Over committing with KVM

It’s quite possible to over commit resources with the KVM hypervisor.

I should say first that most of the work I’ve been doing around over committing in KVM is based on a project I am working in where the virtual machines are stateless. This makes over committing easier because if we run out of resources on a compute node and this causes a vm to crash, it’s not the end of the world–the end-user can just restart their session.

To me over committing means having virtual machines running on a node where the total CPU, main memory (ie. ram), and disk that is available to the virtual machines is much larger than the actual physical resources available on the node. Hopefully five or ten times larger.


I am running these tests on a single Dell C6220 node. It has 32 cores (including hyperthreading), 128GB of main memory, and SSD drives.

test_host:~$ cat /proc/cpuinfo | grep processor | wc -l

The SSD drive types we are testing with are:

Each of them is in a stripe/RAID0 configuration, so we have three striped devices, md2 (Samsung) and the poorly named md126 (Intel) and md127 (Dell).

test_host:~$ cat /proc/mdstat 
Personalities : [linear] [multipath] [raid0] [raid1] [raid6] [raid5] [raid4]
md0 : active raid1 sdb1[1] sda1[0]
      307136 blocks [2/2] [UU]
md2 : active raid0 sdb5[1] sda5[0]
      882155520 blocks super 1.2 512k chunks
md1 : active raid1 sdb2[1] sda2[0]
      41910144 blocks super 1.2 [2/2] [UU]
md126 : active raid0 sdd[1] sdc[0]
      937702400 blocks super 1.2 512k chunks
md127 : active raid0 sdf[1] sde[0]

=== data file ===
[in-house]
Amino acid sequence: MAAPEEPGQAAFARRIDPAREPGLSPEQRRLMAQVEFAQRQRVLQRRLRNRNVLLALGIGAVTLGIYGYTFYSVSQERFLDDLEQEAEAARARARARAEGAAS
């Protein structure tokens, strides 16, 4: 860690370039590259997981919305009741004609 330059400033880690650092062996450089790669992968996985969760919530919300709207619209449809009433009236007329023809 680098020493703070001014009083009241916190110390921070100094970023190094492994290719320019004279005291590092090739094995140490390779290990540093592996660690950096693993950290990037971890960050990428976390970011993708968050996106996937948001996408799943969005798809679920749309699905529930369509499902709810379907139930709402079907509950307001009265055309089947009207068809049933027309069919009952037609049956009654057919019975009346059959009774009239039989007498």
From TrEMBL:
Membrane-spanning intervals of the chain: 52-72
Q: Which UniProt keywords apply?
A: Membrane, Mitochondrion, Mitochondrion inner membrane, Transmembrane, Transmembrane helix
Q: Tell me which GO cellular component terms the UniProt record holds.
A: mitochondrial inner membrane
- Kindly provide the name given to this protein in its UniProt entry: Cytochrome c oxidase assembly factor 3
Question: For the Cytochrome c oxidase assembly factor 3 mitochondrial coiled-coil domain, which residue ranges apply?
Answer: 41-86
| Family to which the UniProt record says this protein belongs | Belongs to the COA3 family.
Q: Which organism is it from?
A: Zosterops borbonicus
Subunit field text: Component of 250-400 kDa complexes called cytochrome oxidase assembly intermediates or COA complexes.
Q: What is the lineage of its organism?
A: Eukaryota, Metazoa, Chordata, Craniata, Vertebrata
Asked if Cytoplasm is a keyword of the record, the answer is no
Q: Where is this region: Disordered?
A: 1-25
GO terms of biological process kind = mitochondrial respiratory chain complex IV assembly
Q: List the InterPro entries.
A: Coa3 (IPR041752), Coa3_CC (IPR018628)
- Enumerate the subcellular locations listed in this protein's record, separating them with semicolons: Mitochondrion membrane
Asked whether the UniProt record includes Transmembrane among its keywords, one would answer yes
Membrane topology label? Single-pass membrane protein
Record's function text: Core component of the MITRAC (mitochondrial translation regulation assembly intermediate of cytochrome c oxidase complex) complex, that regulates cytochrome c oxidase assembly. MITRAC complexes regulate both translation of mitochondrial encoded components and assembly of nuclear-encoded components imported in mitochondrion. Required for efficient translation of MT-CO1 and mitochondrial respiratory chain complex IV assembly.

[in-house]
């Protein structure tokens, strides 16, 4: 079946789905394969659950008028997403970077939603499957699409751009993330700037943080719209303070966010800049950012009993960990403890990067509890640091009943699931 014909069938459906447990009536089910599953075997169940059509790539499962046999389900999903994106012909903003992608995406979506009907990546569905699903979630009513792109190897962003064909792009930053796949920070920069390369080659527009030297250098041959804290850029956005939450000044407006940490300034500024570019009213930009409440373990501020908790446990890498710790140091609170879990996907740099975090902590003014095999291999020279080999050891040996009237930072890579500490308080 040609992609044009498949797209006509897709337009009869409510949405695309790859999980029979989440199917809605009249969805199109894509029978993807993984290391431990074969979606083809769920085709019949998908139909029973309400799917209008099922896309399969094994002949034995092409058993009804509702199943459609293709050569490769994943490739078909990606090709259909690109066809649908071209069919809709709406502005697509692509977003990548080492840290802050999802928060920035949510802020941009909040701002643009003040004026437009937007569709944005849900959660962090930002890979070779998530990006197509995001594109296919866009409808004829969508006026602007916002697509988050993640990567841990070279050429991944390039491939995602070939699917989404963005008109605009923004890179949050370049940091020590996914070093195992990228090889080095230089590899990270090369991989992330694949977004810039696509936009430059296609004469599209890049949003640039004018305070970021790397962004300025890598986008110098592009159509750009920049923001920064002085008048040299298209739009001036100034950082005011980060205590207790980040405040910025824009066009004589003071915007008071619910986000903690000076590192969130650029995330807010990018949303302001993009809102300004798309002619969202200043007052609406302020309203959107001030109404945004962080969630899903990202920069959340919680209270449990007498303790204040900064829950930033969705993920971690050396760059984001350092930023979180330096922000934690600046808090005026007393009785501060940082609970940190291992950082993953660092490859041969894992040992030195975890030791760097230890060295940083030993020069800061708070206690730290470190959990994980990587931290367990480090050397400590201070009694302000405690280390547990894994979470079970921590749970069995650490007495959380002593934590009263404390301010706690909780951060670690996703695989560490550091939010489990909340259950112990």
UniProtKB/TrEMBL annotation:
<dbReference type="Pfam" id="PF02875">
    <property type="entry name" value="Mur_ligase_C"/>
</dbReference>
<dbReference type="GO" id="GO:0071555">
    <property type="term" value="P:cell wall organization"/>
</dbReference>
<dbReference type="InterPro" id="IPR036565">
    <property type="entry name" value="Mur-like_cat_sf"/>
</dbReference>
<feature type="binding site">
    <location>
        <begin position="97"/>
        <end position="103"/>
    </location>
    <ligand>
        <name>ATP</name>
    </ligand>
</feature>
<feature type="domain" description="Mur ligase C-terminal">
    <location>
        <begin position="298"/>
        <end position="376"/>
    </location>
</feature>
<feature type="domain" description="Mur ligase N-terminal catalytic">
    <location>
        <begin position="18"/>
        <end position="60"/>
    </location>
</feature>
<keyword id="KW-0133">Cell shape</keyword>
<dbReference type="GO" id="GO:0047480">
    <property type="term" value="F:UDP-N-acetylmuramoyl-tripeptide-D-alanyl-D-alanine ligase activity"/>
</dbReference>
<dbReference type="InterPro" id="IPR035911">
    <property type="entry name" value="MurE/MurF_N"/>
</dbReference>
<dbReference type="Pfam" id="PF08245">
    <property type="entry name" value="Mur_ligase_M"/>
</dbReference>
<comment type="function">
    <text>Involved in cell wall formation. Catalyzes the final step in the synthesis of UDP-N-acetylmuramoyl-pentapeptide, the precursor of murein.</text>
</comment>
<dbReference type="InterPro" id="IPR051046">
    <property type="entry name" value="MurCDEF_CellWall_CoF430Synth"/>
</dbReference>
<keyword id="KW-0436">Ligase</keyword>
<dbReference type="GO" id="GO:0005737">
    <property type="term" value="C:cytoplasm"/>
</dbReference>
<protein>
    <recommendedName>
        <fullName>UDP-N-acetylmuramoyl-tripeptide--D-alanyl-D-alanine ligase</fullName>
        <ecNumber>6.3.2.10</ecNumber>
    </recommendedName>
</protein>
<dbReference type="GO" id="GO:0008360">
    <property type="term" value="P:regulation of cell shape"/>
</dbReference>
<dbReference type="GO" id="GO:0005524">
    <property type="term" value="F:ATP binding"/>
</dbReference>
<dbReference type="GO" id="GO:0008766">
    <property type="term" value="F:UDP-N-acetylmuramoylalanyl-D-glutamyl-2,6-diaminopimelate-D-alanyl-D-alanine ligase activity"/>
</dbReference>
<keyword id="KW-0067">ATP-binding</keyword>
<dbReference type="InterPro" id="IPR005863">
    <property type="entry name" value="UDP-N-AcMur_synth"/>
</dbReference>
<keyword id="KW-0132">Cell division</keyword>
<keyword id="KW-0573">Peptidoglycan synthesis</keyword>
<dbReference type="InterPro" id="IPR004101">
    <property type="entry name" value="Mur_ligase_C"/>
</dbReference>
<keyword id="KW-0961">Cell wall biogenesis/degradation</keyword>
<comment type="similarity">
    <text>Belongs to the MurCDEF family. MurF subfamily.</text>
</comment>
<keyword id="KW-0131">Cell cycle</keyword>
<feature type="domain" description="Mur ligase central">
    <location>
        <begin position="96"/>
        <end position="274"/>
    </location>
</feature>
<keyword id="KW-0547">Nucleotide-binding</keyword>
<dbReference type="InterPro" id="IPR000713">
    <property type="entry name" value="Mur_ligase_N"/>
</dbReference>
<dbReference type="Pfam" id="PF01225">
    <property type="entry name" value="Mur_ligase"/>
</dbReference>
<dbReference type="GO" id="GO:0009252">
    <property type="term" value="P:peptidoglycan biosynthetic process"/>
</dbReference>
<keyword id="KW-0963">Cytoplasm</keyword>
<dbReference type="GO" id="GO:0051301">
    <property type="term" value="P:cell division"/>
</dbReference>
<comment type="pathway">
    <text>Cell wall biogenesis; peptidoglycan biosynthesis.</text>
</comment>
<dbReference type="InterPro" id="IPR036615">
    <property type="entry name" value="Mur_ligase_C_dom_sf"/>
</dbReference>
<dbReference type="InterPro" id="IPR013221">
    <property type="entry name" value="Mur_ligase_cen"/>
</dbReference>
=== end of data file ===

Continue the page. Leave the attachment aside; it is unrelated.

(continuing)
586072064 blocks super 1.2 512k chunks
unused devices: 

The striped Samsungs are really fast--84K IOPS from the stripe!

## Memory over committing: KSM (not KVM)

KSM, or Kernel Samepage Merging, is a memory de-duplication feature that is present in most Linux systems that support KVM. I wrote a bit about it in a [previous blog post](http://serverascode.com/2012/11/11/ksm-kvm.html). Basically if you up the scanning rate it will de-duplicate more memory. This means if I'm running 300 Ubuntu Precise images there is a lot of memory that can be de-duplicated.

## CPU over committing

I don't have a lot of information on how over committing CPU works in KVM, but there are some best practices documented by a couple organizations, which I have listed below. This is an area I need to do more research in.

- [IBM says:](http://publib.boulder.ibm.com/infocenter/lnxinfo/v3r0m0/index.jsp?topic=%2Fliaat%2Fliaatbpprocmem.htm)
** Target system use at max 80%--ie. each vm shouldn't be using 100% of their CPU, and in fact should max out at 80%
** Allocate minimum VCPUs per vm--ie. if the vm doesn't need four CPUs, rather say, only one, then just give it one
- [RedHat says](https://access.redhat.com/knowledge/docs/en-US/Red_Hat_Enterprise_Linux/6/html/Virtualization_Administration_Guide/sect-Virtualization-Tips_and_tricks-Overcommitting_with_KVM.html:)
** _Virtualized CPUs are over committed best when each guest only has a single VCPU. The Linux scheduler is very efficient with this type of load. KVM should safely support guests with loads under 100% at a ratio of five VCPUs. Over committing single VCPU guests is not an issue._

Notice that RedHat is saying a 5:1 ratio for CPU over committing.

## Disk space over committing

This is straight forward: image snapshots. qcow2 images can be created as snapshots of a backing file.

test_host:/mnt/intel$ file 263.img 
263.img: QEMU QCOW Image (v2), has backing file 
(path /mnt/intel/precise-server-cloudimg-amd64-disk1.qcow2), 2147483648 bytes